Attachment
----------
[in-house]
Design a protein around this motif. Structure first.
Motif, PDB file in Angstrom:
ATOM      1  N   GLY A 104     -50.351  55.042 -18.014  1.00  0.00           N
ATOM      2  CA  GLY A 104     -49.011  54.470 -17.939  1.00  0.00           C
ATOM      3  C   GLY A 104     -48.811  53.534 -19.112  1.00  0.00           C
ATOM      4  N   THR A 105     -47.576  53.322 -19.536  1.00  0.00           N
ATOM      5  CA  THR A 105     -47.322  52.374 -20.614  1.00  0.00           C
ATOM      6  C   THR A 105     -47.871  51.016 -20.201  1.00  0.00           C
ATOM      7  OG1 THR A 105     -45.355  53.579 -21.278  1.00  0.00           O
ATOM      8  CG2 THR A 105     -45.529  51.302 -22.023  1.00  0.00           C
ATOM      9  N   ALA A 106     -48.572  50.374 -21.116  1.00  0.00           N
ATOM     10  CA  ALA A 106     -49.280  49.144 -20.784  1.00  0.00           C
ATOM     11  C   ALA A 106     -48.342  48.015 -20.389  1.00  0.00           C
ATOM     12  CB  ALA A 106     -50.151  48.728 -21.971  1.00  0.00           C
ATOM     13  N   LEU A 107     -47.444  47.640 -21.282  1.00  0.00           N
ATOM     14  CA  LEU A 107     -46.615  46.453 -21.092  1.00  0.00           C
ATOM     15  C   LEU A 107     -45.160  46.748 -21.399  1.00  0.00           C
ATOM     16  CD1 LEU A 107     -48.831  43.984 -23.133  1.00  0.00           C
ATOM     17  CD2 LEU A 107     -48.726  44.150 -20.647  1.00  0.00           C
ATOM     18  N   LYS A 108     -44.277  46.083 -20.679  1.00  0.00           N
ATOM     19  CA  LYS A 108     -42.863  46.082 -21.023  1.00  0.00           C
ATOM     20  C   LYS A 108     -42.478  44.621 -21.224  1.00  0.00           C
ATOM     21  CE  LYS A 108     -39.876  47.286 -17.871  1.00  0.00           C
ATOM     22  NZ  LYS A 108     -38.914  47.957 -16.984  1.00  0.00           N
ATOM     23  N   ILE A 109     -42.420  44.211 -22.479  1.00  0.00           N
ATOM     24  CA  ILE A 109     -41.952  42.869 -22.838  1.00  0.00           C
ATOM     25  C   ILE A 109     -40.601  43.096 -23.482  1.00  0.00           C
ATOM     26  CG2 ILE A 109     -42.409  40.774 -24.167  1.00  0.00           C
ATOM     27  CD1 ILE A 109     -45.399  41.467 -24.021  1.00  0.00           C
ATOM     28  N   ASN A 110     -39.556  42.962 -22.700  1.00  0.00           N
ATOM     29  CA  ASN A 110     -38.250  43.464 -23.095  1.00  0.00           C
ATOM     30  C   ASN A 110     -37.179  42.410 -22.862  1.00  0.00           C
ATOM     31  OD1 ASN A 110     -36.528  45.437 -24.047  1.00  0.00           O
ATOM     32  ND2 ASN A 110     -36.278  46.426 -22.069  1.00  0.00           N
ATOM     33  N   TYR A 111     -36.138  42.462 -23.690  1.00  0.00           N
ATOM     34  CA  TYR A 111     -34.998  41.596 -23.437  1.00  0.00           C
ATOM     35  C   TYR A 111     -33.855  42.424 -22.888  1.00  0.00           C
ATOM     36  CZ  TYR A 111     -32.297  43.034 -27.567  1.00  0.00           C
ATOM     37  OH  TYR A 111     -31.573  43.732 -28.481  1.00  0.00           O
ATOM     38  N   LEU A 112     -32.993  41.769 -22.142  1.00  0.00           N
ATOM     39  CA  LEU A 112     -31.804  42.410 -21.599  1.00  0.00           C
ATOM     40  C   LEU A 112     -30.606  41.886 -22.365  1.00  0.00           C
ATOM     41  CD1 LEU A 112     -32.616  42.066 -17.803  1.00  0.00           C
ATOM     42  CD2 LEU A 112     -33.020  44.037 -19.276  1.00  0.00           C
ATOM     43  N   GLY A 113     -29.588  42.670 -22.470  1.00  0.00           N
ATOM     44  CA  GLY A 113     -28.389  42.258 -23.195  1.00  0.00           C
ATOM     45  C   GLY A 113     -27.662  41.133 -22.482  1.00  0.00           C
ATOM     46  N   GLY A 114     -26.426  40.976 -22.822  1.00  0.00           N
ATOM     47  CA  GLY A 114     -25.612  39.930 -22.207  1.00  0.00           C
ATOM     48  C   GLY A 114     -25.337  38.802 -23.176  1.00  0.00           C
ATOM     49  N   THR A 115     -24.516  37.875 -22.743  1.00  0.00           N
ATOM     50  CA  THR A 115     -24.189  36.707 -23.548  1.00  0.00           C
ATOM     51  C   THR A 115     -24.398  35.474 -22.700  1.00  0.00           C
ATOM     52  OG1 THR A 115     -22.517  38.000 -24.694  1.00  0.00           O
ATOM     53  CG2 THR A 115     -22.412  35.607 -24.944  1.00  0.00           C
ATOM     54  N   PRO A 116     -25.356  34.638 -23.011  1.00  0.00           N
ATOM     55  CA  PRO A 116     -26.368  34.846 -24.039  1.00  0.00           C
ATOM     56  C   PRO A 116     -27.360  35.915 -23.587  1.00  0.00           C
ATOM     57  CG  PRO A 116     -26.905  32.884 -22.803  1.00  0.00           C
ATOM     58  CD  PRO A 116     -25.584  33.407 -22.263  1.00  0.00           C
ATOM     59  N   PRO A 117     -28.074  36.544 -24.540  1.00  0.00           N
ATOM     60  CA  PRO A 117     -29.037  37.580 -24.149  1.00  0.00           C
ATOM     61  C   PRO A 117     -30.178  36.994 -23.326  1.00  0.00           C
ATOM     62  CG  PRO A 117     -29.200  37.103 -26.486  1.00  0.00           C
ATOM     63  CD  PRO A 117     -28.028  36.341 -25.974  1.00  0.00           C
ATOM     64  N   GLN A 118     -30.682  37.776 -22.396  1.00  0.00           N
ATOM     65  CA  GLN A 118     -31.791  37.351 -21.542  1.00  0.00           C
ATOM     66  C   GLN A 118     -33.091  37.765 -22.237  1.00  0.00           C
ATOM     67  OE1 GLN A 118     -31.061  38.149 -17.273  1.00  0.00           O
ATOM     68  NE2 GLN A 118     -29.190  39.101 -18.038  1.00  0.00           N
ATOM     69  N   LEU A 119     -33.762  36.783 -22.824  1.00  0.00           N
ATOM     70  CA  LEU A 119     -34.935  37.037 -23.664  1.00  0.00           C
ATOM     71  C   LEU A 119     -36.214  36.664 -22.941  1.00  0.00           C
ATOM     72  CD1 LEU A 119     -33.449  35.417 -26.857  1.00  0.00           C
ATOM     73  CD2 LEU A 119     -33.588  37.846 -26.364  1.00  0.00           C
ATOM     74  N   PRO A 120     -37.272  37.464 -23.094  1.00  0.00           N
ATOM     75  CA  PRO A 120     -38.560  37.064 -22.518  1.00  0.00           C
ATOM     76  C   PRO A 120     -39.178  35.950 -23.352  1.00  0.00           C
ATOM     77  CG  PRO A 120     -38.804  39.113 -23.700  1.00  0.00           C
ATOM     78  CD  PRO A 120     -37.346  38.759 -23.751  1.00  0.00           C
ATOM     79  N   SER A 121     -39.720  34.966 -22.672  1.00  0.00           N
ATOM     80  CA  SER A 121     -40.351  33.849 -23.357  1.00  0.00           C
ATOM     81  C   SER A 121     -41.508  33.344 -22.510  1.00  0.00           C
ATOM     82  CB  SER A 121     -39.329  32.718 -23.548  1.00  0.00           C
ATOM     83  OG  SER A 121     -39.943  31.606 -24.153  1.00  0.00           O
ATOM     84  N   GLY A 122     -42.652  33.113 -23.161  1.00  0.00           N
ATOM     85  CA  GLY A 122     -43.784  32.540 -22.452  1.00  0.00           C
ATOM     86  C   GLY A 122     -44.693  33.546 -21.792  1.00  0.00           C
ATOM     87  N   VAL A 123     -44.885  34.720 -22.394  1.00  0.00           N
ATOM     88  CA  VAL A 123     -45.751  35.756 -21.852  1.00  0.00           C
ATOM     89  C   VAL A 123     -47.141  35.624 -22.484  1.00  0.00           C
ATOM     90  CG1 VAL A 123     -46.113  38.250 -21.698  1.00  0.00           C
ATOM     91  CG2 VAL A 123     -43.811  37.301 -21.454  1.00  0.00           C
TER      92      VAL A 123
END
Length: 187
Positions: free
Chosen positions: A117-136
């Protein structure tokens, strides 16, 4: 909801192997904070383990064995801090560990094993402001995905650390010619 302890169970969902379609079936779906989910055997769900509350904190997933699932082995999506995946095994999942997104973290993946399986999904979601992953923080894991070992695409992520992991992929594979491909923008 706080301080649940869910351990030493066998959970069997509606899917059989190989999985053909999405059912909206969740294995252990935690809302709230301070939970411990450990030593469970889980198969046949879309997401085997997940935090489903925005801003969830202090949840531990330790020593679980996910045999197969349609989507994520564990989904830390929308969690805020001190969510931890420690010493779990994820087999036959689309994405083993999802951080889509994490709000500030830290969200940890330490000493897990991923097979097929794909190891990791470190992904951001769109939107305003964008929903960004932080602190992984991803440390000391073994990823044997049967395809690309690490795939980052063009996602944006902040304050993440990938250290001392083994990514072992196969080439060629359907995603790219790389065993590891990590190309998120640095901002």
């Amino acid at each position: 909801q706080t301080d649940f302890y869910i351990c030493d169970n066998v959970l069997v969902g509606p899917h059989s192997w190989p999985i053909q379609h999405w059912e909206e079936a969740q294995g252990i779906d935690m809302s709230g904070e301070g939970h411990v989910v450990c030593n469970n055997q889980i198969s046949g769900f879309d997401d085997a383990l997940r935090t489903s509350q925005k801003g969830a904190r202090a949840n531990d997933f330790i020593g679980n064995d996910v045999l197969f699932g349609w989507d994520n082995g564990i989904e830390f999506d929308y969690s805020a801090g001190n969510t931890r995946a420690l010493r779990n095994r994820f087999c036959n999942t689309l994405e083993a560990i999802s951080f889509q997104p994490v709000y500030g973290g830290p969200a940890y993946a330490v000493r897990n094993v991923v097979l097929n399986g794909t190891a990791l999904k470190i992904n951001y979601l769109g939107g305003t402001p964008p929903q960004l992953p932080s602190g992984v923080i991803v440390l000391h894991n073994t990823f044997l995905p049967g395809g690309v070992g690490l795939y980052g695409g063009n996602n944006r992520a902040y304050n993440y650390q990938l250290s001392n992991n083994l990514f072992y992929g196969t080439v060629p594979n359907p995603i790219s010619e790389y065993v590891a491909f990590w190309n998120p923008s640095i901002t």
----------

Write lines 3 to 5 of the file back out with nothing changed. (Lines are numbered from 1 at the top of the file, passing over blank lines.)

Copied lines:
Motif, PDB file in Angstrom:
ATOM      1  N   GLY A 104     -50.351  55.042 -18.014  1.00  0.00           N
ATOM      2  CA  GLY A 104     -49.011  54.470 -17.939  1.00  0.00           C